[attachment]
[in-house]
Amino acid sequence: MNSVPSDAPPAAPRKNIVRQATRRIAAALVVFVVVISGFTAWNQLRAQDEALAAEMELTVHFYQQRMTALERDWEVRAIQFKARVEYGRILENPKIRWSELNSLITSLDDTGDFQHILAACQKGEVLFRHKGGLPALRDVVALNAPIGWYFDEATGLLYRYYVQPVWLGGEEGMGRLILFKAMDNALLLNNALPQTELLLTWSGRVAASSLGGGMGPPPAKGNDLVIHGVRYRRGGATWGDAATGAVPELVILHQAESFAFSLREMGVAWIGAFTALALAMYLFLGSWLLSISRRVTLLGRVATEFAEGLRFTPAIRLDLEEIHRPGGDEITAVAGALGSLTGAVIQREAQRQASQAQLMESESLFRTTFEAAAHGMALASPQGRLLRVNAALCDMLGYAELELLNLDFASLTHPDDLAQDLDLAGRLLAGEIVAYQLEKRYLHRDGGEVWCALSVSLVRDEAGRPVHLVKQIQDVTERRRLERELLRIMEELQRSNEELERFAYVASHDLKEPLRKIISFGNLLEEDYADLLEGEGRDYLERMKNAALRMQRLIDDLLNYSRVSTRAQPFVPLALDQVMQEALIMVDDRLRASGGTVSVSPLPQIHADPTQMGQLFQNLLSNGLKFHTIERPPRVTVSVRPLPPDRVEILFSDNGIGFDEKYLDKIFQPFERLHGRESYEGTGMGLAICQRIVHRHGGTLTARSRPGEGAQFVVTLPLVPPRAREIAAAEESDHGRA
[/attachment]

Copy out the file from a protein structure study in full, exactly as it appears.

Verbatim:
[in-house]
Amino acid sequence: MNSVPSDAPPAAPRKNIVRQATRRIAAALVVFVVVISGFTAWNQLRAQDEALAAEMELTVHFYQQRMTALERDWEVRAIQFKARVEYGRILENPKIRWSELNSLITSLDDTGDFQHILAACQKGEVLFRHKGGLPALRDVVALNAPIGWYFDEATGLLYRYYVQPVWLGGEEGMGRLILFKAMDNALLLNNALPQTELLLTWSGRVAASSLGGGMGPPPAKGNDLVIHGVRYRRGGATWGDAATGAVPELVILHQAESFAFSLREMGVAWIGAFTALALAMYLFLGSWLLSISRRVTLLGRVATEFAEGLRFTPAIRLDLEEIHRPGGDEITAVAGALGSLTGAVIQREAQRQASQAQLMESESLFRTTFEAAAHGMALASPQGRLLRVNAALCDMLGYAELELLNLDFASLTHPDDLAQDLDLAGRLLAGEIVAYQLEKRYLHRDGGEVWCALSVSLVRDEAGRPVHLVKQIQDVTERRRLERELLRIMEELQRSNEELERFAYVASHDLKEPLRKIISFGNLLEEDYADLLEGEGRDYLERMKNAALRMQRLIDDLLNYSRVSTRAQPFVPLALDQVMQEALIMVDDRLRASGGTVSVSPLPQIHADPTQMGQLFQNLLSNGLKFHTIERPPRVTVSVRPLPPDRVEILFSDNGIGFDEKYLDKIFQPFERLHGRESYEGTGMGLAICQRIVHRHGGTLTARSRPGEGAQFVVTLPLVPPRAREIAAAEESDHGRA